Aero Vodochody L-159
Variants: L-159A, L-159B, L-159T, L-159T1 / L-159BAT
The L-159 'Albatross II' was developed from the L-39 Albatross family for a Czech Air Force's requirement in the early 1990s. Based on the L-59, the tandem canopy was retained, the back seat of the single-seat L-159A being occupied by an additional fuel tank. This enabled Aero to offer a two-seat combat capable version, designated L-159B, for training and operational conversion.
Compared to the L-59, a number of changes were made although the aerodynamic configuration was retained. The airframe was strengthened and the cockpit area was reinforced with composite and ceramic ballistic armour to offer the pilot better protection. The aircraft's nose was enlarged to accomodate the radar, and the fuselage was extended behind the cockpit, making the L-159 0.52m (1ft 8in) longer than the L-59. One centre-line weapon pylon was added and the number of underwing pylons was increased from four to six.
The engine was replaced with the US Honeywell/ITEC F124-GA-100 non-afterburning turbofan, of 6,300 lb of thrust (28,58 kN), providing about 66% more thrust than the L-39's AI-25TL turbofan, and almost 30% more than the L-59's Slovak ZMK DV-2 turbofan. Providing a better thrust-to-weight ratio and the ability to carry full weapon loads, the new engine makes the aircraft faster and more capable in the combat role.
The L-159A is fitted with the Italian FIAR Grifo-L multimode pulse Doppler radar. The radar has five air-to-air modes including track-while-scan with four air combat submodes, and is able to track up to eight targets simultaneously. For ground and maritime attack it has nine air-to-surface modes. The L-159B it features a full cockpit including HUD repeater panel. Both versions are fitted with lightweight fully automatic VS-2C zero-zero ejection seats and a canopy jettison system.
The L-159 has the digital MIL-STD-1553 integrated avionics system with two multi-function colour displays and analogue instruments for backup. The cockpit is NVG-compatible and has NATO-compatible radios for secure communication. For navigation it uses a Honeywell GPS navigation system, with Ring Laser Gyro INS as backup. The Head-Up Display is the FV-3000 by Flight Vision, and the L-159 provides Hands On Throttle And Stick (HOTAS) functionality.
The L-159 is capable of carrying a wide range of NATO-compatible weapons. The short-range air-to-air AIM-9M Sidewinder and the air-to-ground AGM-65 Maverick air-to-surface missiles have been integrated. Unguided weapons include Mk.82 bombs, CBU-87 cluster bombs and LAU-5002 rocket launchers. The aircraft is also capable of carrying a podded 20mm cannon.
The Czech government signed a contract with Aero on April 11, 1995, to fund 25% of the development cost and stated a requirement for 72 single-seat L-159A, but this many aircraft far exceeded the requirement, and there were no orders for the L-159B.
The first prototype (L-159T serial 5831) was rolled out on June 12, 1997, and first flew on August 2, 1997, flown by Aero's chief test pilot Miroslav Schutzner. The second prototype (L-159A serial 5832) made its first flight on August 18, 1998. Again flow by Schutzner, it was the first single-seat aircraft to fly with the space of the rear cockpit being occupied by test equipment. In 2002, the third L-159 protype performed its maiden flight on June 1. Designated L-159B, '6073' was a two-seat version designed for advanced training and operational conversion.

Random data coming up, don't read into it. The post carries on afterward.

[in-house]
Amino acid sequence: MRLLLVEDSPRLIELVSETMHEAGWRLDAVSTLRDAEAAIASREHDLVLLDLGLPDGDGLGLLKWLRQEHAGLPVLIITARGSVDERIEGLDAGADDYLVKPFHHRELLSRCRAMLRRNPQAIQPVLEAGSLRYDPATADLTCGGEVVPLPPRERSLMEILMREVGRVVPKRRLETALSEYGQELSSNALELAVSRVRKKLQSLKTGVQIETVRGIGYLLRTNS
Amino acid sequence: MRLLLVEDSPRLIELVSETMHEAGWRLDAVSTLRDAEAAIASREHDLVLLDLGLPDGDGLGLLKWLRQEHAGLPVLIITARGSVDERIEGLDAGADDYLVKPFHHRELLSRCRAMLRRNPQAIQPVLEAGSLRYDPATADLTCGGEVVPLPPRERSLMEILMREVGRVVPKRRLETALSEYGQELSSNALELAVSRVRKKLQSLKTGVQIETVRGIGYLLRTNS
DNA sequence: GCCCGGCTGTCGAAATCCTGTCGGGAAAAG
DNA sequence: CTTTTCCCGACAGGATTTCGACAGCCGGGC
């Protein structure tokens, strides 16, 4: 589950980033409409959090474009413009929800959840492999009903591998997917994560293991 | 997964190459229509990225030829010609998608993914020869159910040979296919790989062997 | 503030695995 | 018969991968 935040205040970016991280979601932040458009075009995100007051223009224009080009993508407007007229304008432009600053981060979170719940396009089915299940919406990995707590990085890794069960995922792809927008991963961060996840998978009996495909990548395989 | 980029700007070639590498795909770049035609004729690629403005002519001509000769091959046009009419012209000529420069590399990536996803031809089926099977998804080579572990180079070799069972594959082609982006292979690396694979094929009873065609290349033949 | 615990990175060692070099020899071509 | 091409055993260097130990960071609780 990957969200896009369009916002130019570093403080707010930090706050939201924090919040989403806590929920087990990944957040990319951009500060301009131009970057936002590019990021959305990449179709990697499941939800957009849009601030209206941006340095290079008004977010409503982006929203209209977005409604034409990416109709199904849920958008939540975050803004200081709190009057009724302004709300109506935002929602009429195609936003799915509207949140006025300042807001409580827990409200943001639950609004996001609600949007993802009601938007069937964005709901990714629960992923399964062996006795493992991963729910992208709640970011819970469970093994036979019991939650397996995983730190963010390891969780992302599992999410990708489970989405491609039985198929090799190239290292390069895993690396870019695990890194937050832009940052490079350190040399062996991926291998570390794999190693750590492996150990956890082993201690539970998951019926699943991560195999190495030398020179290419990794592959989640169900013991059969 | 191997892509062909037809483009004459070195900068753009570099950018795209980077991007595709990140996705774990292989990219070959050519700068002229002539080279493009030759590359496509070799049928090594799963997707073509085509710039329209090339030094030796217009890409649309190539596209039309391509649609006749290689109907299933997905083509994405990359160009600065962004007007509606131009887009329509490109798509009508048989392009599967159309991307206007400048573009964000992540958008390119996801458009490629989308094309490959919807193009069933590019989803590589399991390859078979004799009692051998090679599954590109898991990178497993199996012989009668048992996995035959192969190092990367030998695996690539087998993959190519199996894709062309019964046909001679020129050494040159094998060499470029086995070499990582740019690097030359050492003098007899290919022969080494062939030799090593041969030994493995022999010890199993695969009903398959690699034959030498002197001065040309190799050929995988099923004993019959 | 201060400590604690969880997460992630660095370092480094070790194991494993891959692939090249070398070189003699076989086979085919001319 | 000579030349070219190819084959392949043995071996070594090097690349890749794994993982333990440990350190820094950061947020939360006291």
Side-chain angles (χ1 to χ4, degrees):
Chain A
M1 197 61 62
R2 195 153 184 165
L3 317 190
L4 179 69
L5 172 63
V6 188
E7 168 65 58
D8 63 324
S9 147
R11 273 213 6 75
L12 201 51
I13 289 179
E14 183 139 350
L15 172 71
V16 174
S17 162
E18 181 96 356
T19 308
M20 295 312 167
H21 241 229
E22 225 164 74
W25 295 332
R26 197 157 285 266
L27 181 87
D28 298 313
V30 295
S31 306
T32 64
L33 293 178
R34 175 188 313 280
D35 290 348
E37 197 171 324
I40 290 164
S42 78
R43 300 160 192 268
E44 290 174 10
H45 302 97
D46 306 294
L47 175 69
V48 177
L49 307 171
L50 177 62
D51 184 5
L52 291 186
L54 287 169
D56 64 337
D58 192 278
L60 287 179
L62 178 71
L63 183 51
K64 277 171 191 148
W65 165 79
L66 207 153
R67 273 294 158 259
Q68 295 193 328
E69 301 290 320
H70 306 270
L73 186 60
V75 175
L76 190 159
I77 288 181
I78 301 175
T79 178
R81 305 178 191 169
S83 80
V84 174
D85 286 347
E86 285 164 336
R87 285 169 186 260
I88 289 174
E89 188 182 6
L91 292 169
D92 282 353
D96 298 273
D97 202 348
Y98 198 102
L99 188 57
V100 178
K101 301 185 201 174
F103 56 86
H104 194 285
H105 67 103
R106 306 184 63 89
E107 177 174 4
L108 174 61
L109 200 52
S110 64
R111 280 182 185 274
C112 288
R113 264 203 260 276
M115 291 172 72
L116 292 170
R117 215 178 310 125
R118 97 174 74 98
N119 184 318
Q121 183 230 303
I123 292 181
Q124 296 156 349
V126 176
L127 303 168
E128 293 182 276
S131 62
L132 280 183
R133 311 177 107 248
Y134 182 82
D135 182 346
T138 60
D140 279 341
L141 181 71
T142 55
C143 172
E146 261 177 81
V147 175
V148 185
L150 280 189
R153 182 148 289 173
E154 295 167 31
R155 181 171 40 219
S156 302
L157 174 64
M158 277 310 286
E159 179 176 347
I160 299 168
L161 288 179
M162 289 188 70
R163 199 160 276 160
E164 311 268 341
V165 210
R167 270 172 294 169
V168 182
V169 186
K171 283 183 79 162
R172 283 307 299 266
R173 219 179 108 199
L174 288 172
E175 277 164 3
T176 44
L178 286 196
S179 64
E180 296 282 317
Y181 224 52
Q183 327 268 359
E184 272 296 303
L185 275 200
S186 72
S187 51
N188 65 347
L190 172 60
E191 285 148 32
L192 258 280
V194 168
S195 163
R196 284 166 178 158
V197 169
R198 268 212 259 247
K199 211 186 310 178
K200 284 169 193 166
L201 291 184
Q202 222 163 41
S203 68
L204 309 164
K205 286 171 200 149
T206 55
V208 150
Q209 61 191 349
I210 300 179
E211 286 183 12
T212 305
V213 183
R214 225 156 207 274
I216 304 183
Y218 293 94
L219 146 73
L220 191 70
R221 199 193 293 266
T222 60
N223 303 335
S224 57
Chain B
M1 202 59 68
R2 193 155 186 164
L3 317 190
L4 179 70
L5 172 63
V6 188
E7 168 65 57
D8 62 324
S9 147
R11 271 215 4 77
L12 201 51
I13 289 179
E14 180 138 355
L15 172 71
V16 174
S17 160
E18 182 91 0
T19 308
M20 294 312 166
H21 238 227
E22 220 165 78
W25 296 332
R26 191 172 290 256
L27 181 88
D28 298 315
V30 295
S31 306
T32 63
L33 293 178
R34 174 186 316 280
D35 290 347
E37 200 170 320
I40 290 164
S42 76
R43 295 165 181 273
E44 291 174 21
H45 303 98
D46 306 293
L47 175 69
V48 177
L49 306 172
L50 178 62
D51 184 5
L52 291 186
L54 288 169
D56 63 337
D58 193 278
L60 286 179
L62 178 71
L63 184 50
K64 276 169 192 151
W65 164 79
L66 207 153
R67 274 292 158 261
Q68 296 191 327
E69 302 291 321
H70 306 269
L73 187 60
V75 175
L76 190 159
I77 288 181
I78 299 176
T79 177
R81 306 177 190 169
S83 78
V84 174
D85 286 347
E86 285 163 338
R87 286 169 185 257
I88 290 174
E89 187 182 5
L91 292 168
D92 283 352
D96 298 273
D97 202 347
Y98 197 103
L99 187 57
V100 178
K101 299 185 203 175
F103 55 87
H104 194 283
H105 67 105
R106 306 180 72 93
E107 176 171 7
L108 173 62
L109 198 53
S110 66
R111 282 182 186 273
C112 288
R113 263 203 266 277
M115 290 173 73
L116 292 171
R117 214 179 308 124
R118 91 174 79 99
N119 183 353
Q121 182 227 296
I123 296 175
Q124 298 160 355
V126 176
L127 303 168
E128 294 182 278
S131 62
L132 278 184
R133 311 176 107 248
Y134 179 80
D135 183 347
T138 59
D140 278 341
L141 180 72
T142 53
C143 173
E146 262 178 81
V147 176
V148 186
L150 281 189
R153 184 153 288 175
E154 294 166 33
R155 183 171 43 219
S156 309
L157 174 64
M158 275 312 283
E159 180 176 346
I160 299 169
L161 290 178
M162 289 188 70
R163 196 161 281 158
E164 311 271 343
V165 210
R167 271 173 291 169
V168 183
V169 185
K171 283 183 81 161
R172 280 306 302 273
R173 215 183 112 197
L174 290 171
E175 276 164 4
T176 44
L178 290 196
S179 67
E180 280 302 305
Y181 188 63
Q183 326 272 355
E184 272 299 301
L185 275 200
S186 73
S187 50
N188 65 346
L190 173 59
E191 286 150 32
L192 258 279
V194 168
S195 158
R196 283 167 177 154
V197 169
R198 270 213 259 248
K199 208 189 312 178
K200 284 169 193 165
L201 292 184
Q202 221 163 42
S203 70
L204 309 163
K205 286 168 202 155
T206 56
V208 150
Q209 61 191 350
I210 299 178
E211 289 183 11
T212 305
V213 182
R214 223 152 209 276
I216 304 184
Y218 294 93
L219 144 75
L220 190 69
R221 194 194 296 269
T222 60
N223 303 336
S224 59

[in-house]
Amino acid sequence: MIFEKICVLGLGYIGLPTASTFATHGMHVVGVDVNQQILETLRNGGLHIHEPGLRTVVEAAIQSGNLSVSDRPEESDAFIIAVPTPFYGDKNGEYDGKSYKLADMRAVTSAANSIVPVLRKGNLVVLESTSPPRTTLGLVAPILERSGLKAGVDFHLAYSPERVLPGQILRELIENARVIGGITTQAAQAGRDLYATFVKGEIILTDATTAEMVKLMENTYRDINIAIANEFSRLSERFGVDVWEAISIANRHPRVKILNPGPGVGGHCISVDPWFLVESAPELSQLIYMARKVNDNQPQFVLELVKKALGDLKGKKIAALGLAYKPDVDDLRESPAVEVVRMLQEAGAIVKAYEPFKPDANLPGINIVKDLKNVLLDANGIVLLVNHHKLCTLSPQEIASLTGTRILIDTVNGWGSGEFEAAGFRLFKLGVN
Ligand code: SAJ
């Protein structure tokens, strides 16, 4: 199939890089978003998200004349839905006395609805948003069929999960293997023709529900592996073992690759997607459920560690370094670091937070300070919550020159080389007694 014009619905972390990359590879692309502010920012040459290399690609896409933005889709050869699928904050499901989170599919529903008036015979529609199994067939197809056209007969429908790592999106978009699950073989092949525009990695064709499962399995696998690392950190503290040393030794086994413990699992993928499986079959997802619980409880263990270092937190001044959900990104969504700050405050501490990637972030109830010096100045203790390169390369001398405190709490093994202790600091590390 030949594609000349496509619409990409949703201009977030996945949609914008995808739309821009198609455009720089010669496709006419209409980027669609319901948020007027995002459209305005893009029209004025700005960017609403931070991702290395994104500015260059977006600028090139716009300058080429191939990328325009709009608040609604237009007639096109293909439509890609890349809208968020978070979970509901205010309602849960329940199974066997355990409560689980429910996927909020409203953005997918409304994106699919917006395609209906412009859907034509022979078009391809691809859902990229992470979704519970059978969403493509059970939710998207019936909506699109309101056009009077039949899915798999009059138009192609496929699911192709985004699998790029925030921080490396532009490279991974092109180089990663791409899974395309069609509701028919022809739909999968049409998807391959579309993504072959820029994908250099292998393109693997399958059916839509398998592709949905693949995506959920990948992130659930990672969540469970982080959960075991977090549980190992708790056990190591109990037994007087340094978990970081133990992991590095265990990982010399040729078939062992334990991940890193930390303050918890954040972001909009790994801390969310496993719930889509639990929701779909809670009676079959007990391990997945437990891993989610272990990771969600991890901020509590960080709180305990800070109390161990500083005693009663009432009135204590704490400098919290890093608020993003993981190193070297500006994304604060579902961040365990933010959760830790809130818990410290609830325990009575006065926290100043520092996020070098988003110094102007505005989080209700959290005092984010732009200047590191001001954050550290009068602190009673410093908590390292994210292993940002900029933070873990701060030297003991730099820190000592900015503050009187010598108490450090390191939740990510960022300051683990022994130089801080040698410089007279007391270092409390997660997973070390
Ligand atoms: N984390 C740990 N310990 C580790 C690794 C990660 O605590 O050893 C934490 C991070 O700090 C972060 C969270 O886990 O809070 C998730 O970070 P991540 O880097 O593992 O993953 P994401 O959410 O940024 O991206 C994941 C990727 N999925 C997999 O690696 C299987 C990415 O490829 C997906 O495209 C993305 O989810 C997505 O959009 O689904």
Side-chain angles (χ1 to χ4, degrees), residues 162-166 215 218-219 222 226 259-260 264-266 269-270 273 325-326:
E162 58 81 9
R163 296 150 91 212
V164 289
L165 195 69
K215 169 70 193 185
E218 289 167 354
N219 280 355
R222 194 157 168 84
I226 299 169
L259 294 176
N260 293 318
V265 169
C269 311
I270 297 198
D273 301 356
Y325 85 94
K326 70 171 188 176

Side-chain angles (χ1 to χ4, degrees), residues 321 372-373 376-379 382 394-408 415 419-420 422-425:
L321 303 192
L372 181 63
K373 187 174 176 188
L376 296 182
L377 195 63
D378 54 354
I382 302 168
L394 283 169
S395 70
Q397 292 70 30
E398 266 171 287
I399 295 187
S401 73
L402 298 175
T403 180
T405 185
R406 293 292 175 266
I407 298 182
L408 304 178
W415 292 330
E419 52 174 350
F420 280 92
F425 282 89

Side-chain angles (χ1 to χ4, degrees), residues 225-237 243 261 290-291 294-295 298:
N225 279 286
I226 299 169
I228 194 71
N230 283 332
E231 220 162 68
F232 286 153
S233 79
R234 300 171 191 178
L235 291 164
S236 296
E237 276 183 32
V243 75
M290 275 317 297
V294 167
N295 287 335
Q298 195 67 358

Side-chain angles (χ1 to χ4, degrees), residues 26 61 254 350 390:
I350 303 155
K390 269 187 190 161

The first L-159A arrived at Çáslav AB on December 27, 2000, joining the 42 Fighter Squadron. Economic conditions resulted in defence cutbacks, putting the L-159As into storage. 212 FS remained as the sole L-159 unit with just 18 L-159A ALCA and six aircraft as reserve. The Czech Air Force ordered the conversion of a number of L-159A single-seat aircraft into L-159T1 two-seaters.
The Czech MoD signed a contract for four conversions of surplus L-159A aircraft to two-seat L-159T1 trainers on June 26, 2006. Two days later the first L-159A arrived at Aero's plant, serialled 6069 it is one from the 24 at Çáslav AB. It was completed in early 2007 and made its first flight on March 8, 2007. The three others converted to L-159T1 are 6067, 6071 and 6072. All four L-159T1 were officially accepted back into service on November 23, 2007.
L-159T1 is the designation introduced by the Czech Air Force, Aero Vodochody also referred to the conversion as L-159BAT ("B from A for Training"). The L-159T1 conversion replaces the front fuselage with a new one providing the second cockpit. The new version lacks cockpit protective armour, but closely resembles the L-159A on all other areas to provide a good conversion trainer.
Aero Vodochody has failed to attract any customers and the Czech MoD also failed to find any takers for its surplus of 47 L-159A ALCAs. Despite this, Aero Vodochody continued to develop the L-159 offering new capabilities including aerial refueling capability.
Aero L 159 ALCA
Engine: Allied Signal / ITEC F 124 GA-100, 28.58 kN / 6,300 lb turbofan
Length: 41.765 ft / 12.73 m
Height: 15.682 ft / 4.78 m
Wingspan: 31.299 ft / 9.54 m
Wing area: 202.363 sqft / 18.8 sqm
MTOW: 17640.0 lb / 8000.0 kg
Weight empty: 9172.8 lb / 4160.0 kg
Internal fuel: 1596 kg / 5,159 lb
Max fuel: 2973 kg / 6,554 lb
Max. speed: 505 kts / 936 km/h / 582 mph
Initial climb rate: 9251.97 ft/min / 47.0 m/s
Service ceiling: 43307 ft / 13200 m
Wing load: 87.33 lb/sq.ft / 426.0 kg/sq.m
Range int. fuel: 1570km / 850 nm
Max range: 2250km / 1,215 nm
Armament: 7x ext.
Max. stores: 2340kg / 5,159 lb
Design load: +8/-4 G